DAN CHARTIER: Other tools we use in our practice are eye movement desensitization and reprocessing (EMDR), and Nexalin Therapy, and most recently, equine assisted therapy.

H&H: And what about from your perspective as a prescriber, Dr. Lucy Chartier?

LUCY CHARTIER: There are a variety of medications commonly used to help with trauma victims that are not addictive—which I think is important. We may use an SSRI (selective serotonin reuptake inhibitoror) the combination SNRIs (Serotonin-norepinephrine reuptake inhibitors), or even a beta-blocker.

If a person is too anxious to sit in the therapy chair and discuss a trauma, or even sometimes too anxious to do neurofeedback or biofeedback, the use of medications to help down-regulate the system so that they can engage in the therapies can be an important part of just getting started. The ultimate goal, however, is always to try to help people move off of medicines down the road, once their brains have adapted differently.

Physical Manifestations of Emotional Trauma

H&H: Do you see emotional traumas manifest physically?

DAN CHARTIER: Often what we see is a physical symptom—tension, an ache, a pain, a reaction to certain smells or sounds—something associated with the original trauma, which stays alive. It’s as if the psycho-emotional system says, “I’ll live with this bad stuff to avoid knowing the worst stuff,” and that moment gets encapsulated in a physical pain.

It’s kind of like the outward expression of a child putting his hands over his ears and closing his eyes when being scolded saying, “I don’t want to hear, I don’t want to see this.”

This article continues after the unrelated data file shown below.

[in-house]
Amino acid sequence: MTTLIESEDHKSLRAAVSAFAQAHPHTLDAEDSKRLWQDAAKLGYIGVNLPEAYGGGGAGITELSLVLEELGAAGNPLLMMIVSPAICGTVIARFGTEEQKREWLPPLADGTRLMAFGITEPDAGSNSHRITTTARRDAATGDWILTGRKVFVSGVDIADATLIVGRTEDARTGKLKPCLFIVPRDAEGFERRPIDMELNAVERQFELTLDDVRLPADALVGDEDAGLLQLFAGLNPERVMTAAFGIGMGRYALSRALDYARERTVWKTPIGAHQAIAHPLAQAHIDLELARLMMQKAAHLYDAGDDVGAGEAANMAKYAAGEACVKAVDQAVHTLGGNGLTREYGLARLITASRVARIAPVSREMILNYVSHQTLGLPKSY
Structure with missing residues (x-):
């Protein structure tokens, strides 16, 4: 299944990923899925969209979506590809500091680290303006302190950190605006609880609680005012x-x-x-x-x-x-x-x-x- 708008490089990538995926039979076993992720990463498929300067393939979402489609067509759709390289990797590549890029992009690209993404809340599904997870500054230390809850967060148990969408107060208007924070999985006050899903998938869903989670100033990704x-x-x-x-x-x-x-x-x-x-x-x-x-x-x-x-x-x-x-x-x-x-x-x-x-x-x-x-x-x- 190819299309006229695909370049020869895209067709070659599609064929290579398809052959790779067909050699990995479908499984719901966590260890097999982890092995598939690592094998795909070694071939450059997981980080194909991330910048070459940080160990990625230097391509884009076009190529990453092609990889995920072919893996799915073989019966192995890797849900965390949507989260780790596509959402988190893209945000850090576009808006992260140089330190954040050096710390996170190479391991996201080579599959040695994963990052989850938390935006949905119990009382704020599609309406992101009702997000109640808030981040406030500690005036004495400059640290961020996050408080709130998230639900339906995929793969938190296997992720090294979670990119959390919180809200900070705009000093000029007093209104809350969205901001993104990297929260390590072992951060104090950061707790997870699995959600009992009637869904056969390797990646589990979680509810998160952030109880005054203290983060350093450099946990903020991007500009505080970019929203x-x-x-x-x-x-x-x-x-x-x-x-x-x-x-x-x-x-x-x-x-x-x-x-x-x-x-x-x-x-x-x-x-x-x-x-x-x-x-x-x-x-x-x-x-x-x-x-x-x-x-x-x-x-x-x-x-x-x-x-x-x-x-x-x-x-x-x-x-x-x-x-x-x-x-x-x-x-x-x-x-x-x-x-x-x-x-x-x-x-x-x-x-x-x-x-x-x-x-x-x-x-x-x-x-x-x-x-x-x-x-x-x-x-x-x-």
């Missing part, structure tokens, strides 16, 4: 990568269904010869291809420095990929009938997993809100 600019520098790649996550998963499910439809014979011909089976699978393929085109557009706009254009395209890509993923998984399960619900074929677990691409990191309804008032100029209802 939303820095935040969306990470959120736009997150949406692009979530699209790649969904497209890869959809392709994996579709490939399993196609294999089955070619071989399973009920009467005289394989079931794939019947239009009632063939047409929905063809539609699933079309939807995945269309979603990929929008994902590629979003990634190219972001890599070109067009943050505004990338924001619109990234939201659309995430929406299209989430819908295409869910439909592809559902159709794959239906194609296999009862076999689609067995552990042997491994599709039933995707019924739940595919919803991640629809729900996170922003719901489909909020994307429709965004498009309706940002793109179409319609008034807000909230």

The internal psycho-emotional system tends do the same thing in a sense. It shuts down when it’s overloaded. The consequence of this is an internal suspension of time, where one is unconsciously avoiding the experience of the most significant shutdown moment by sticking with what was going on just before that moment.

LUCY CHARTIER: What we attempt to do when we see this, is re-engage the system using the therapeutic techniques we’ve already described, and slowly help the patient through that most traumatic moment. As soon as that happens, the whole perspective shifts. That’s what we can ultimately do—help the traumatized individual learn and recognize that they’re no longer living in that moment. That’s really the best hope to allow the deeper psychological and emotional healing to happen.

A Patient’s Story

H&H: What similarities or differences exist between a person who has experienced a truly dramatic trauma, and one who’s trauma seems less intense from the outside perspective?

DAN CHARTIER: That’s a great question. Let me tell you a story: During a training I attended about trauma resolution, the psychiatrist running the program asked for participants to come up and work through a process to demonstrate for the group.

A man in the group volunteered. The trauma he revealed to the group that he was struggling with was an experience from his early childhood, of his father nearly beating him to death. He remembered his father slapping him and beating on him, and he just knew he was about to be killed.

At the end of this demonstration, another man raised his hand and said, “Excuse me, Doctor. That’s my brother, and I just remembered what he was talking about. Can I have a moment to speak to it?”

The brother remembered the incident, and told it this way: He and his younger brother—who had just spoken—were camping with their family and playing around a camp fire. His younger brother tripped and fell, catching his clothes on fire. His dad jumped up, grabbed him, threw him on the ground and beat the flames out.

It’s all perspective. From a father saving a burning child, to the child perceiving that he’s going to be beaten to death. Regardless of the reality of the situation, the experience of the trauma was very real.